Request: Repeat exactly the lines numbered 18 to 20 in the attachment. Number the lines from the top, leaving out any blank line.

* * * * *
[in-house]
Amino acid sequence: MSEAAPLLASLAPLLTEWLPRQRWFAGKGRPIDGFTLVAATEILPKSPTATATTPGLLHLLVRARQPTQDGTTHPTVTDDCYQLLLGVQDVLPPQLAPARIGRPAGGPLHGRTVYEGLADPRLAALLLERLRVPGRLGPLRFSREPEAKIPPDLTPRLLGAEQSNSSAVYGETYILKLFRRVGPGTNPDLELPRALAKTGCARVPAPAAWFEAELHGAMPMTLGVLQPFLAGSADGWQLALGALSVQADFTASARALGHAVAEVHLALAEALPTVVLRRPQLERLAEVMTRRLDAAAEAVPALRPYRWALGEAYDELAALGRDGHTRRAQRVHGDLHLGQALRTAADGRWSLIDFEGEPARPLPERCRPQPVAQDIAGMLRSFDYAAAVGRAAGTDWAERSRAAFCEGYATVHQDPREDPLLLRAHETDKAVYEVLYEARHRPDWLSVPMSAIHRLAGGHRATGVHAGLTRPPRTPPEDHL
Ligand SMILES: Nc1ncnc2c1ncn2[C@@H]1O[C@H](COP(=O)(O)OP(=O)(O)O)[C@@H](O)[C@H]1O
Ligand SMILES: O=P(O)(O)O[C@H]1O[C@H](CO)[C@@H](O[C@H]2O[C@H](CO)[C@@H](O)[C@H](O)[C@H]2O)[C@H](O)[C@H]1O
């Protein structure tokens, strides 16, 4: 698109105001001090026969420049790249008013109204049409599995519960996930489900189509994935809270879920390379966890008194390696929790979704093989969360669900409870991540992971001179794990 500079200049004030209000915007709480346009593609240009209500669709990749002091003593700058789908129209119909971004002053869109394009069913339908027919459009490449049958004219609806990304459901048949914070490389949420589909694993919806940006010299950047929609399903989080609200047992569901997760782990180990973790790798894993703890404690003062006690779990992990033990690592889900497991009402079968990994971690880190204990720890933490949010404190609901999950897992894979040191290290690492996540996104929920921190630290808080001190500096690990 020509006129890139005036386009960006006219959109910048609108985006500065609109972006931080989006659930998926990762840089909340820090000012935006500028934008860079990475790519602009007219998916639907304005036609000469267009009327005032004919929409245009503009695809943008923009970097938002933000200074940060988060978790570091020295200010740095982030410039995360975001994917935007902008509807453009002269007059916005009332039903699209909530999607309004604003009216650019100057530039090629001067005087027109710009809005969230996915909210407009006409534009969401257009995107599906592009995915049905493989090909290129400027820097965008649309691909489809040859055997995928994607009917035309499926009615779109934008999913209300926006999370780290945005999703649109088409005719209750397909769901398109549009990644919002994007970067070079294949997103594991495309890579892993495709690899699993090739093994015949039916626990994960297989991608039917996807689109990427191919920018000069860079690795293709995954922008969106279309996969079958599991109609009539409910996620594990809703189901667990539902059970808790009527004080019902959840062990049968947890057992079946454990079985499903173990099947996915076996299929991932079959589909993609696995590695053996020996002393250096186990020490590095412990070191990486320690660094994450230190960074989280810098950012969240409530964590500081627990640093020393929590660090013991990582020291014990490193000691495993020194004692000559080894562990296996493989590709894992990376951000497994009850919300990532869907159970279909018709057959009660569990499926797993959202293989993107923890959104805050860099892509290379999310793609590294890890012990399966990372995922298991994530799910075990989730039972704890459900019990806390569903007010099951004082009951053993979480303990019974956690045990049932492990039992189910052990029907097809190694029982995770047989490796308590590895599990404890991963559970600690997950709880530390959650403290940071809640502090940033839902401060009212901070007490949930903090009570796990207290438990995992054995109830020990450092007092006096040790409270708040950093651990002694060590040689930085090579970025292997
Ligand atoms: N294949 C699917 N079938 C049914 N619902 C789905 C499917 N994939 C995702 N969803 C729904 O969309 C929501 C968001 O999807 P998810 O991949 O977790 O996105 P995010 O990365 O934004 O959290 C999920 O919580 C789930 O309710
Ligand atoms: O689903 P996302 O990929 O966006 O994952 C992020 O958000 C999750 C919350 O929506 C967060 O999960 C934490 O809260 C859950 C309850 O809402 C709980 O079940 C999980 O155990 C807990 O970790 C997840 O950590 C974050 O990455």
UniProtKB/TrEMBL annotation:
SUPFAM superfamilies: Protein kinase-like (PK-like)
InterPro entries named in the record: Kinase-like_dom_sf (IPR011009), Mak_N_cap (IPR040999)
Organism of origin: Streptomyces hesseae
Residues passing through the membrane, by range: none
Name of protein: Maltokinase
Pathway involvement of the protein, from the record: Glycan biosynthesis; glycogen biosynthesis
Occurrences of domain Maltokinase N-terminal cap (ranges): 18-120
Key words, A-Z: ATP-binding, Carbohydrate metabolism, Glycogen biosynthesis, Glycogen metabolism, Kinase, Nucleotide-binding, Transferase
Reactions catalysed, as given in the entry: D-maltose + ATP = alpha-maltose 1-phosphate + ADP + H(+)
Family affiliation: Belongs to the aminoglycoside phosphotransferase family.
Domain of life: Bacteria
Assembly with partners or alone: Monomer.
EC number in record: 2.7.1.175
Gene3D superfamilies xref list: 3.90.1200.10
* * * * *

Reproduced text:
Family affiliation: Belongs to the aminoglycoside phosphotransferase family.
Domain of life: Bacteria
Assembly with partners or alone: Monomer.